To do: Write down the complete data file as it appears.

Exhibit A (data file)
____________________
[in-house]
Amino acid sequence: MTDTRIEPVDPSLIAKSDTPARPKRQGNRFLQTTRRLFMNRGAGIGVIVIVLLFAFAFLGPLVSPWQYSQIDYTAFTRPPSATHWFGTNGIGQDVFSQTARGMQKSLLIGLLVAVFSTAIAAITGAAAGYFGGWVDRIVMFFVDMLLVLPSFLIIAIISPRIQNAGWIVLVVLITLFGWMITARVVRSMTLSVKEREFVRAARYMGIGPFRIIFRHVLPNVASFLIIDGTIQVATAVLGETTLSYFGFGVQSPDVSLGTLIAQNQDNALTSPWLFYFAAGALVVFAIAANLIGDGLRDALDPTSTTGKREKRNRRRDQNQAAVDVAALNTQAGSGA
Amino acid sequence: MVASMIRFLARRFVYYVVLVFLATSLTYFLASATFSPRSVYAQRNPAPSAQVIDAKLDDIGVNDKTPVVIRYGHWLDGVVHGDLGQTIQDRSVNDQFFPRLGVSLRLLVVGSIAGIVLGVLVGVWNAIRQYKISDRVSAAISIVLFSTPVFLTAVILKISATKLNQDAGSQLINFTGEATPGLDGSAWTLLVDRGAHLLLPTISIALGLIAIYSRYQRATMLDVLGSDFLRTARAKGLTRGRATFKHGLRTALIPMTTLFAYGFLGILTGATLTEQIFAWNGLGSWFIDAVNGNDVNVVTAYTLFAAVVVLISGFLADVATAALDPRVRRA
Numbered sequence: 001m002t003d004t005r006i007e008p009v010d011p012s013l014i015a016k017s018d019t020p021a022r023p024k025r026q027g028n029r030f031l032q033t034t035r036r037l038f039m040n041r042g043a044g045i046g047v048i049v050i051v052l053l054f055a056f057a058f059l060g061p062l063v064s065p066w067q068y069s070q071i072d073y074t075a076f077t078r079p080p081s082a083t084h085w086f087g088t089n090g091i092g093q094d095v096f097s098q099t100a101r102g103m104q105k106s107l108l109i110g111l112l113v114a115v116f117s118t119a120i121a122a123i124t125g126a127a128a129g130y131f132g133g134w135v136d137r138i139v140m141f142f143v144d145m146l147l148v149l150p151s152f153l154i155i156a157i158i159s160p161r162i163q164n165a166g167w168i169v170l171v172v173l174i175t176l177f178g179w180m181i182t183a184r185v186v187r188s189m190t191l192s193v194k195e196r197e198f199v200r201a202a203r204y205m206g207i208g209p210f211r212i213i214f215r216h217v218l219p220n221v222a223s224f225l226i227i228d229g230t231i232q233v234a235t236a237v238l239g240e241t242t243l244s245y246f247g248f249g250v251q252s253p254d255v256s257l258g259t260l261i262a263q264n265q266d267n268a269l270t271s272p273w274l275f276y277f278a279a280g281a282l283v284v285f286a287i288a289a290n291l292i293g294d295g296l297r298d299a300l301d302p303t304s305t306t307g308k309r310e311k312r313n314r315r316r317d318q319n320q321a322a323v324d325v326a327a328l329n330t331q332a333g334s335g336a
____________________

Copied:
[in-house]
Amino acid sequence: MTDTRIEPVDPSLIAKSDTPARPKRQGNRFLQTTRRLFMNRGAGIGVIVIVLLFAFAFLGPLVSPWQYSQIDYTAFTRPPSATHWFGTNGIGQDVFSQTARGMQKSLLIGLLVAVFSTAIAAITGAAAGYFGGWVDRIVMFFVDMLLVLPSFLIIAIISPRIQNAGWIVLVVLITLFGWMITARVVRSMTLSVKEREFVRAARYMGIGPFRIIFRHVLPNVASFLIIDGTIQVATAVLGETTLSYFGFGVQSPDVSLGTLIAQNQDNALTSPWLFYFAAGALVVFAIAANLIGDGLRDALDPTSTTGKREKRNRRRDQNQAAVDVAALNTQAGSGA
Amino acid sequence: MVASMIRFLARRFVYYVVLVFLATSLTYFLASATFSPRSVYAQRNPAPSAQVIDAKLDDIGVNDKTPVVIRYGHWLDGVVHGDLGQTIQDRSVNDQFFPRLGVSLRLLVVGSIAGIVLGVLVGVWNAIRQYKISDRVSAAISIVLFSTPVFLTAVILKISATKLNQDAGSQLINFTGEATPGLDGSAWTLLVDRGAHLLLPTISIALGLIAIYSRYQRATMLDVLGSDFLRTARAKGLTRGRATFKHGLRTALIPMTTLFAYGFLGILTGATLTEQIFAWNGLGSWFIDAVNGNDVNVVTAYTLFAAVVVLISGFLADVATAALDPRVRRA
Numbered sequence: 001m002t003d004t005r006i007e008p009v010d011p012s013l014i015a016k017s018d019t020p021a022r023p024k025r026q027g028n029r030f031l032q033t034t035r036r037l038f039m040n041r042g043a044g045i046g047v048i049v050i051v052l053l054f055a056f057a058f059l060g061p062l063v064s065p066w067q068y069s070q071i072d073y074t075a076f077t078r079p080p081s082a083t084h085w086f087g088t089n090g091i092g093q094d095v096f097s098q099t100a101r102g103m104q105k106s107l108l109i110g111l112l113v114a115v116f117s118t119a120i121a122a123i124t125g126a127a128a129g130y131f132g133g134w135v136d137r138i139v140m141f142f143v144d145m146l147l148v149l150p151s152f153l154i155i156a157i158i159s160p161r162i163q164n165a166g167w168i169v170l171v172v173l174i175t176l177f178g179w180m181i182t183a184r185v186v187r188s189m190t191l192s193v194k195e196r197e198f199v200r201a202a203r204y205m206g207i208g209p210f211r212i213i214f215r216h217v218l219p220n221v222a223s224f225l226i227i228d229g230t231i232q233v234a235t236a237v238l239g240e241t242t243l244s245y246f247g248f249g250v251q252s253p254d255v256s257l258g259t260l261i262a263q264n265q266d267n268a269l270t271s272p273w274l275f276y277f278a279a280g281a282l283v284v285f286a287i288a289a290n291l292i293g294d295g296l297r298d299a300l301d302p303t304s305t306t307g308k309r310e311k312r313n314r315r316r317d318q319n320q321a322a323v324d325v326a327a328l329n330t331q332a333g334s335g336a